China claims Taiwan pays off influencers to misinterpret controversial Kiribati photo

China also says Taiwan is reason its ambassador got bad press for literally walking all over people in Kiribati

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Chinese ambassador Tang Songgen pictured walking on backs of locals in Kiribati. (Twitter, Michael Field photo)

Chinese ambassador Tang Songgen pictured walking on backs of locals in Kiribati. (Twitter, Michael Field photo)

TAIPEI (Taiwan News) — The photo of a Chinese diplomat walking on the backs of Kiribati men has sparked controversy, but China’s Foreign Ministry Spokesperson Zhao Lijian (趙立堅) has defended the envoy and accused Taiwan of “buying off” online critics to spread malicious comments.

In the photo, initially shared by Michael Field on Twitter, China’s ambassador to Kiribati, Tang Songgen (唐松根), can be seen stepping on the backs of locals as they lay on the ground. The Chinese official is helped by two women in traditional costume, during a ritual held on Marakei Island of the Kiribati archipelago.

“By meeting the kind request of the local government and people, and out of respect for Kiribati’s culture and customs, ambassador Tang ultimately agreed to take part in a welcoming ceremony that was characterized by folk culture,” said Zhao Lijian on Thursday (Aug. 20), according to the transcript of a press briefing released on the ministry’s website.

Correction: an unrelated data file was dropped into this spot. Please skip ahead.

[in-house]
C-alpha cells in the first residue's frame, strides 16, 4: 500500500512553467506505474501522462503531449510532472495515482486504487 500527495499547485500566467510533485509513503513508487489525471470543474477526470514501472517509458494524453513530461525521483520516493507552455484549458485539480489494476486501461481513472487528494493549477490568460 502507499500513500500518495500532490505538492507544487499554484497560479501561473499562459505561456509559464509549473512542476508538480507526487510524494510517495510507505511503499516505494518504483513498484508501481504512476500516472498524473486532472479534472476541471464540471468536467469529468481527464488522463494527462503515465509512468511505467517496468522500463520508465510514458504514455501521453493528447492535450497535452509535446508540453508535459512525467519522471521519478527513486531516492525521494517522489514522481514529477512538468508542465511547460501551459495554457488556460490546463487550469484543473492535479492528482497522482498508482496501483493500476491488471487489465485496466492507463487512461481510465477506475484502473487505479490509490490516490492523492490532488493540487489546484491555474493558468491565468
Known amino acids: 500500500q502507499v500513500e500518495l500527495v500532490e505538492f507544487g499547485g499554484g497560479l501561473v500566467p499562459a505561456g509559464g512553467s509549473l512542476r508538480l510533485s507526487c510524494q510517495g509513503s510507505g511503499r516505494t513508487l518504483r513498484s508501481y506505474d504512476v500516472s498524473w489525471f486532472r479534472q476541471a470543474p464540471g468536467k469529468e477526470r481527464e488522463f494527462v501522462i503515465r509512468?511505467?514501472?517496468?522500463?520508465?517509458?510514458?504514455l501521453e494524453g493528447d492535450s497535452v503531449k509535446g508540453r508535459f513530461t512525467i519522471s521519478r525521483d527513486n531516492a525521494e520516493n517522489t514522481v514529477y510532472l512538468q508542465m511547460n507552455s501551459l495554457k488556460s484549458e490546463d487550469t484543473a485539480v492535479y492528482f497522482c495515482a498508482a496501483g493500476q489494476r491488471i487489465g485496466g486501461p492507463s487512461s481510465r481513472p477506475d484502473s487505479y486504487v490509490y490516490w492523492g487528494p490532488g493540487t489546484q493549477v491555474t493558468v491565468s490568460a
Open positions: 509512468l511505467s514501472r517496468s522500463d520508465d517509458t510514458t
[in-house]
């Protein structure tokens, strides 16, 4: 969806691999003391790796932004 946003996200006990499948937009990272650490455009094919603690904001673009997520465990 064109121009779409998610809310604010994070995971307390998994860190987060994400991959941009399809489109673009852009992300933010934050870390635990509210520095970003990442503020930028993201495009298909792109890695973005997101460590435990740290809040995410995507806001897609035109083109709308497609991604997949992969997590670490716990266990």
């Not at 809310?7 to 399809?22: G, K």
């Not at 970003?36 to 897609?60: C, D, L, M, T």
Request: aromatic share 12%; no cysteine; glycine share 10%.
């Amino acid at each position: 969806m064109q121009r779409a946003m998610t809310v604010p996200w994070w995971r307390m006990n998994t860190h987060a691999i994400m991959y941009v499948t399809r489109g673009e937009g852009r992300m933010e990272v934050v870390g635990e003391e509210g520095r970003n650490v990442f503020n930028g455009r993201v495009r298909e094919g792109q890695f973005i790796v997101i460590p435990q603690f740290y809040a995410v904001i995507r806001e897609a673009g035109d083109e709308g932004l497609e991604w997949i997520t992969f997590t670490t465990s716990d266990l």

Locals said the ritual is a Kiribati tradition, though it is usually performed at weddings. Media reports suggested no other foreign diplomats or government officials, including those from Taiwan, have taken part in such a ritual, even though Zhao claimed there have been.

Zhao accused social media critics of trying to sour China's relationship with the Pacific island state, adding this would never succeed. He added that critics such as Drew Pavlou, an Australian activist critical of Beijing, may have taken money from Taiwan to deliberately sow division.

Joanne Ou (歐江安), spokesperson for Taiwan’s Ministry of Foreign Affairs (MOFA), rejected Zhao’s accusations on Friday (Aug. 21), saying no contact had been made with Pavlou. “It is outrageous that China’s foreign ministry has publicly lied and defamed,” said Ou, who added MOFA strongly condemned Beijing for its misconduct.

Social media reaction about the photo has veered from accepting the ritual as a cultural tradition, or calling it a reflection of China’s growing influence in the Pacific region.

Foreign officials have also weighed in, with Constantine Panayiotou, U.S. defense attaché to five Pacific Island nations, including Kiribati, tweeting: "I simply cannot imagine any scenario in which walking on the backs of children is acceptable behavior by an ambassador of any country (or any adult for that matter!).”

“I’d be very surprised if an Australian representative participated in such a ceremony of this nature,” said Dave Sharma, an Australian parliamentarian who was formerly assigned as a diplomat to Australia’s mission in Papua New Guinea.